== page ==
IzhAvto’s annual capacity is 200,000 automobiles, but this year’s plan stipulates production of only 71,000, Rumyantsev said.
Sergei Sanakoyev, head of the Russian-Chinese center for trade and economic cooperation, said Chery had long been looking for new cooperation opportunities in Russia. In his opinion, it has been disappointed by the joint project with Avtotor in the Kaliningrad Region, Russia’s exclave on the Baltic Sea, because it was not granted the promised privileges for the import of auto components.
Ruslan Sadykov, head of Avtotor-UV, said his company produced 42,000 Chery cars in 2007 and has signed a cooperation contract for 2008, adding that production would grow. In his opinion, IzhAvto is one of the options the Chinese are considering.
Yevgeny Bogdanov, an auto analyst at A.T. Kearney, a global strategic management consulting firm, said Russia’s Economic Development and Trade Ministry had stopped accepting requests for organizing foreign car assembly plants under privileged conditions last year.
He said Chery should not start the project in Utmurtia because its investments would not be recouped without privileges. Chery would spend too much on the delivery of auto components to Izhevsk, he said. Besides, labor is so cheap in China that it would be ineffective to assemble Chinese cars in Russia.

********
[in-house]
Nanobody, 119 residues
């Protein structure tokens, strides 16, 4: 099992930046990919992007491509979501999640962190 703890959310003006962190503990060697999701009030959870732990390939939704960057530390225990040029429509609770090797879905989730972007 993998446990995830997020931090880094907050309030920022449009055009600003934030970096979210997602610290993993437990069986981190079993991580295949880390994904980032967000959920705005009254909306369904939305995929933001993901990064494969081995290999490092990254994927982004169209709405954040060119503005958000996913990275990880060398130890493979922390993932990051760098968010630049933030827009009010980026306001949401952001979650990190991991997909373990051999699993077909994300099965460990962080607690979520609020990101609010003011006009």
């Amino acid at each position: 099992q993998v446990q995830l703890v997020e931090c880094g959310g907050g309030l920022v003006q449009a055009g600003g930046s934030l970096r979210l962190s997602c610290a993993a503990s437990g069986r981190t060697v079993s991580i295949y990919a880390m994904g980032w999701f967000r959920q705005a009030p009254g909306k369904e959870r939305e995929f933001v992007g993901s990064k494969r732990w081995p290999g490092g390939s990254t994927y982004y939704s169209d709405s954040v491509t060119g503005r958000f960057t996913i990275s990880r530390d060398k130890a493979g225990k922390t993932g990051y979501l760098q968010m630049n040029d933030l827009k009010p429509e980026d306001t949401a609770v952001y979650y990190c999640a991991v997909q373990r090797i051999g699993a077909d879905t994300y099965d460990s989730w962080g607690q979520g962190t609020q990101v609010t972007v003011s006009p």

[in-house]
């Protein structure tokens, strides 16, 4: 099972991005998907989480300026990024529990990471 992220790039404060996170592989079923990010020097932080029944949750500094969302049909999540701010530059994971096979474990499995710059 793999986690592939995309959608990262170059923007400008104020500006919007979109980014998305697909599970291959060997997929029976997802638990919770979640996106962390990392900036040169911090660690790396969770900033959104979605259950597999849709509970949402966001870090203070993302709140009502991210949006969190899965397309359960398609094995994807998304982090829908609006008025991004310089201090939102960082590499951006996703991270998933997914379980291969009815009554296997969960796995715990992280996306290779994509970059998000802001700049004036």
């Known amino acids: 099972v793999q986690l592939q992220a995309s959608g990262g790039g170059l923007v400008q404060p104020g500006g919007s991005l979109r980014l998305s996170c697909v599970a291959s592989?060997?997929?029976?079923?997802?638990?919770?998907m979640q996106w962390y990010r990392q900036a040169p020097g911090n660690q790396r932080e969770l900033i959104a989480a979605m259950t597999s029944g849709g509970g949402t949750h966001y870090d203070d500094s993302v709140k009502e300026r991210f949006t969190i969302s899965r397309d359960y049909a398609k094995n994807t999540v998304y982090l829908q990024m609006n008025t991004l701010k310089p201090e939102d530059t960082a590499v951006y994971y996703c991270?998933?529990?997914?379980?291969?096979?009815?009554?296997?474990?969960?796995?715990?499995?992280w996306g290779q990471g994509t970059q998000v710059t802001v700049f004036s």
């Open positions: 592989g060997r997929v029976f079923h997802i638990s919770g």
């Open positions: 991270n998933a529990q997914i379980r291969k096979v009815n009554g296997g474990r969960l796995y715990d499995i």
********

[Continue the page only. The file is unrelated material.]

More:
Moreover, IzhAvto assembles KIA cars, and the South Korean partner is unlikely to be happy to have a rival in such close proximity, the analyst said.
Mikhail Kontserev, head of the St. Petersburg-based Olimp dealership, which last year opened a Chery salon, said Chinese producers are scrutinizing the Russian market where cheap Chinese cars enjoy high demand.
He said Chery would have sold many more cars in Russia if not for limited production facilities and delivery problems. A full-scale plant would solve all of these problems, Kontserev said.
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bad news for chinese auto makers

I really doubt this will actually happen, but if it does, this is extremely bad news for the chinese car industry and its future of going in western markets
Why is it bad news ? They still have a monstrous Chinese market at home there.

At least, Chinese makers like Chery is not struggling like Toyota when it first ventured out of the homeland. And despite the struggle on foreign land like America and Europe at initial stage, Toyota still managed to grow into a monster like one today.
mememe said:
Why is it bad news ? They still have a monstrous Chinese market at home there.